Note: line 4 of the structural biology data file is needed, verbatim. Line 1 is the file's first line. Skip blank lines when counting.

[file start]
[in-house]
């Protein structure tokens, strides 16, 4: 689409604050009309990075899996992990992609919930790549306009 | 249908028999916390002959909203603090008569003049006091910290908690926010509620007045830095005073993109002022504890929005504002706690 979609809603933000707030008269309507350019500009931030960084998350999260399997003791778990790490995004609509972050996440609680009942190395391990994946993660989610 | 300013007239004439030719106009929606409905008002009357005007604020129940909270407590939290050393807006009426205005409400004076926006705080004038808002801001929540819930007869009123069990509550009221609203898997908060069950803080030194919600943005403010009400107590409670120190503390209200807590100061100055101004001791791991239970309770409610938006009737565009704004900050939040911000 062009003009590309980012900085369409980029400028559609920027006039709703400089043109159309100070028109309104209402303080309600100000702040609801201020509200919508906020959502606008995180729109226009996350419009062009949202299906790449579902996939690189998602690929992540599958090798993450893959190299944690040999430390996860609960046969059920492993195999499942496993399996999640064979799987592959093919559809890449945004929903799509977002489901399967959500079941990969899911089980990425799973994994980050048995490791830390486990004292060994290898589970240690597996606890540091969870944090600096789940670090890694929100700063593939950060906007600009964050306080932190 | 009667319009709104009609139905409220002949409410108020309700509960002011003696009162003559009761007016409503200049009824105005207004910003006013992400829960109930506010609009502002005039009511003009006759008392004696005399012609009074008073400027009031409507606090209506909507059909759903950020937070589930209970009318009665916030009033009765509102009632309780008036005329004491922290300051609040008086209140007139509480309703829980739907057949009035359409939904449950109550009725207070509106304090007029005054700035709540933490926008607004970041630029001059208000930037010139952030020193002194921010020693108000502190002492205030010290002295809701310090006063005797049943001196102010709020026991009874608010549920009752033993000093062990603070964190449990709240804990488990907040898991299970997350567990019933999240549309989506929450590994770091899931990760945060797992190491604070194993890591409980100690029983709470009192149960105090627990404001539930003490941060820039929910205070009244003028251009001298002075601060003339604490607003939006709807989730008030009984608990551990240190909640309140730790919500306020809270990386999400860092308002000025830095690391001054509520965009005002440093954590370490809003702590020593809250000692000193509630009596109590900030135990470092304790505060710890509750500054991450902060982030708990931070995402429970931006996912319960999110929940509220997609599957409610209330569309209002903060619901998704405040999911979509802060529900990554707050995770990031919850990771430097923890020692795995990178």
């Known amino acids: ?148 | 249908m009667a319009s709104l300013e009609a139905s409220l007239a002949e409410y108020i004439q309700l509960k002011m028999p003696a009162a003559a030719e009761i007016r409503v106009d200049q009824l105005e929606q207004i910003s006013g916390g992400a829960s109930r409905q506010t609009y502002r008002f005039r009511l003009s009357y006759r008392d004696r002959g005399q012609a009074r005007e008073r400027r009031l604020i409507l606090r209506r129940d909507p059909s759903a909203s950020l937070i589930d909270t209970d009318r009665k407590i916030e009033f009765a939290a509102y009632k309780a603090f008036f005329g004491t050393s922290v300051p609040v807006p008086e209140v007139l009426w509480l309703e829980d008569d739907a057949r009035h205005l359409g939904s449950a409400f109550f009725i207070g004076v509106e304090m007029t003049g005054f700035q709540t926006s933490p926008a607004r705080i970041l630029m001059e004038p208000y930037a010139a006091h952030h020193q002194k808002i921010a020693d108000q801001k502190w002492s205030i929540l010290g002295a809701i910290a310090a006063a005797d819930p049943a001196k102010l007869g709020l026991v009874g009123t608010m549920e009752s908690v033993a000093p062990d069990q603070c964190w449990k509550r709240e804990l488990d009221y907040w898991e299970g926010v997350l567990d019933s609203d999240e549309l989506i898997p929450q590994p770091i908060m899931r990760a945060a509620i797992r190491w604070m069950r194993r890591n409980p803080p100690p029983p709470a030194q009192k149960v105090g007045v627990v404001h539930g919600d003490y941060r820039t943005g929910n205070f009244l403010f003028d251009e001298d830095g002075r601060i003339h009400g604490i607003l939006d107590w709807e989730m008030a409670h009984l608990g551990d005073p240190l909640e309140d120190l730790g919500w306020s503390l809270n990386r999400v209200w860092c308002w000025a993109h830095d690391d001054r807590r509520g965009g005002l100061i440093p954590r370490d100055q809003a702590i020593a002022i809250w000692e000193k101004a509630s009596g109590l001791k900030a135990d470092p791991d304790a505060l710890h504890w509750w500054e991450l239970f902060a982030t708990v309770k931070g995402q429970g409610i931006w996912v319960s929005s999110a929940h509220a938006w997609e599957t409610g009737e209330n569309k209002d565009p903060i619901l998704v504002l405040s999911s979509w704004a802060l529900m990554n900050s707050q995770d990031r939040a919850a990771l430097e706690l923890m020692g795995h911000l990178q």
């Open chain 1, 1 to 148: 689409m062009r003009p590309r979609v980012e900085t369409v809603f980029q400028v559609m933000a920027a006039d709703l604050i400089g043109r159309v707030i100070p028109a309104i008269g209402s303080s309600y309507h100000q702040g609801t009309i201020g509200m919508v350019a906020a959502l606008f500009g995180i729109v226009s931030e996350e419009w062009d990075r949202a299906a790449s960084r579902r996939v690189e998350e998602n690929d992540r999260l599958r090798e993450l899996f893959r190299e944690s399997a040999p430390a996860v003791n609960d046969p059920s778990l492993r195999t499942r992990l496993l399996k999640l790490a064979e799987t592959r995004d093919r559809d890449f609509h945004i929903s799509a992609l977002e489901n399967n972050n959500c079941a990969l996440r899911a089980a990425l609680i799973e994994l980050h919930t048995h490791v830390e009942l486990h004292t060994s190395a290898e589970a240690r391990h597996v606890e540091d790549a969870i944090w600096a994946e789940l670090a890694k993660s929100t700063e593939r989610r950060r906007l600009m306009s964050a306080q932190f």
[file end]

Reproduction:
């Open chain 1, 1 to 148: 689409m062009r003009p590309r979609v980012e900085t369409v809603f980029q400028v559609m933000a920027a006039d709703l604050i400089g043109r159309v707030i100070p028109a309104i008269g209402s303080s309600y309507h100000q702040g609801t009309i201020g509200m919508v350019a906020a959502l606008f500009g995180i729109v226009s931030e996350e419009w062009d990075r949202a299906a790449s960084r579902r996939v690189e998350e998602n690929d992540r999260l599958r090798e993450l899996f893959r190299e944690s399997a040999p430390a996860v003791n609960d046969p059920s778990l492993r195999t499942r992990l496993l399996k999640l790490a064979e799987t592959r995004d093919r559809d890449f609509h945004i929903s799509a992609l977002e489901n399967n972050n959500c079941a990969l996440r899911a089980a990425l609680i799973e994994l980050h919930t048995h490791v830390e009942l486990h004292t060994s190395a290898e589970a240690r391990h597996v606890e540091d790549a969870i944090w600096a994946e789940l670090a890694k993660s929100t700063e593939r989610r950060r906007l600009m306009s964050a306080q932190f």